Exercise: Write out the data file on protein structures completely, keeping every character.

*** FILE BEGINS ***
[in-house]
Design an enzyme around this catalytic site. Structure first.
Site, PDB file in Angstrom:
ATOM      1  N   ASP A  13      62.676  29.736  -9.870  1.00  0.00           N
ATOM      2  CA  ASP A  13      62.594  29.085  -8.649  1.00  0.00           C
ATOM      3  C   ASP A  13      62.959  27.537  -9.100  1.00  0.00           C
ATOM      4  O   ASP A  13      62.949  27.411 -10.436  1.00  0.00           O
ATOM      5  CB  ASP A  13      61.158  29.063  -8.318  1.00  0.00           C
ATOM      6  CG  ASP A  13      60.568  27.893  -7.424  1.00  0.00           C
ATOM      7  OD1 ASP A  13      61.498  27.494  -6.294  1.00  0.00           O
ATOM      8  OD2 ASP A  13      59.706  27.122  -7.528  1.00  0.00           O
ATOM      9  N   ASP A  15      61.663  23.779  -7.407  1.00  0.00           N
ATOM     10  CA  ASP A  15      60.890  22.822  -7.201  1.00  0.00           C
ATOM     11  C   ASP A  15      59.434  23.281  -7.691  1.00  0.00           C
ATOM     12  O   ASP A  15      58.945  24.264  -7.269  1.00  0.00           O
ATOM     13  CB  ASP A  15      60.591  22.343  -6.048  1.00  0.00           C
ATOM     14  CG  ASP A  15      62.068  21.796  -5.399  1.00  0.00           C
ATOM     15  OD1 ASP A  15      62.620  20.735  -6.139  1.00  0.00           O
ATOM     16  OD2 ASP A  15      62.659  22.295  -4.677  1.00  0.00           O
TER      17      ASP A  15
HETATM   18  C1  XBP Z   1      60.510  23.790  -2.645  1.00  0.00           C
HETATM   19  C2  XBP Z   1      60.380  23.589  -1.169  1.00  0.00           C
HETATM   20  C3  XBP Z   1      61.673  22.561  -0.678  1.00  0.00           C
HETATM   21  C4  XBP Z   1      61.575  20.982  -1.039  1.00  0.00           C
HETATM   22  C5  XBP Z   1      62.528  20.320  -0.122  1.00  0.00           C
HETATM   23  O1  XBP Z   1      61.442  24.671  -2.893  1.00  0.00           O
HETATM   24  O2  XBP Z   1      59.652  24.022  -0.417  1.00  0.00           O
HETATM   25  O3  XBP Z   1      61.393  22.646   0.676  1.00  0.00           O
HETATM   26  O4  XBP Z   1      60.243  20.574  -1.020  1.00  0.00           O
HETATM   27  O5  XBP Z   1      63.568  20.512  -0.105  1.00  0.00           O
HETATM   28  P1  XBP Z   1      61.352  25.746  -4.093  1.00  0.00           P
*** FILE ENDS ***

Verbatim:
[in-house]
Design an enzyme around this catalytic site. Structure first.
Site, PDB file in Angstrom:
ATOM      1  N   ASP A  13      62.676  29.736  -9.870  1.00  0.00           N
ATOM      2  CA  ASP A  13      62.594  29.085  -8.649  1.00  0.00           C
ATOM      3  C   ASP A  13      62.959  27.537  -9.100  1.00  0.00           C
ATOM      4  O   ASP A  13      62.949  27.411 -10.436  1.00  0.00           O
ATOM      5  CB  ASP A  13      61.158  29.063  -8.318  1.00  0.00           C
ATOM      6  CG  ASP A  13      60.568  27.893  -7.424  1.00  0.00           C
ATOM      7  OD1 ASP A  13      61.498  27.494  -6.294  1.00  0.00           O
ATOM      8  OD2 ASP A  13      59.706  27.122  -7.528  1.00  0.00           O
ATOM      9  N   ASP A  15      61.663  23.779  -7.407  1.00  0.00           N
ATOM     10  CA  ASP A  15      60.890  22.822  -7.201  1.00  0.00           C
ATOM     11  C   ASP A  15      59.434  23.281  -7.691  1.00  0.00           C
ATOM     12  O   ASP A  15      58.945  24.264  -7.269  1.00  0.00           O
ATOM     13  CB  ASP A  15      60.591  22.343  -6.048  1.00  0.00           C
ATOM     14  CG  ASP A  15      62.068  21.796  -5.399  1.00  0.00           C
ATOM     15  OD1 ASP A  15      62.620  20.735  -6.139  1.00  0.00           O
ATOM     16  OD2 ASP A  15      62.659  22.295  -4.677  1.00  0.00           O
TER      17      ASP A  15
HETATM   18  C1  XBP Z   1      60.510  23.790  -2.645  1.00  0.00           C
HETATM   19  C2  XBP Z   1      60.380  23.589  -1.169  1.00  0.00           C
HETATM   20  C3  XBP Z   1      61.673  22.561  -0.678  1.00  0.00           C
HETATM   21  C4  XBP Z   1      61.575  20.982  -1.039  1.00  0.00           C
HETATM   22  C5  XBP Z   1      62.528  20.320  -0.122  1.00  0.00           C
HETATM   23  O1  XBP Z   1      61.442  24.671  -2.893  1.00  0.00           O
HETATM   24  O2  XBP Z   1      59.652  24.022  -0.417  1.00  0.00           O
HETATM   25  O3  XBP Z   1      61.393  22.646   0.676  1.00  0.00           O
HETATM   26  O4  XBP Z   1      60.243  20.574  -1.020  1.00  0.00           O
HETATM   27  O5  XBP Z   1      63.568  20.512  -0.105  1.00  0.00           O
HETATM   28  P1  XBP Z   1      61.352  25.746  -4.093  1.00  0.00           P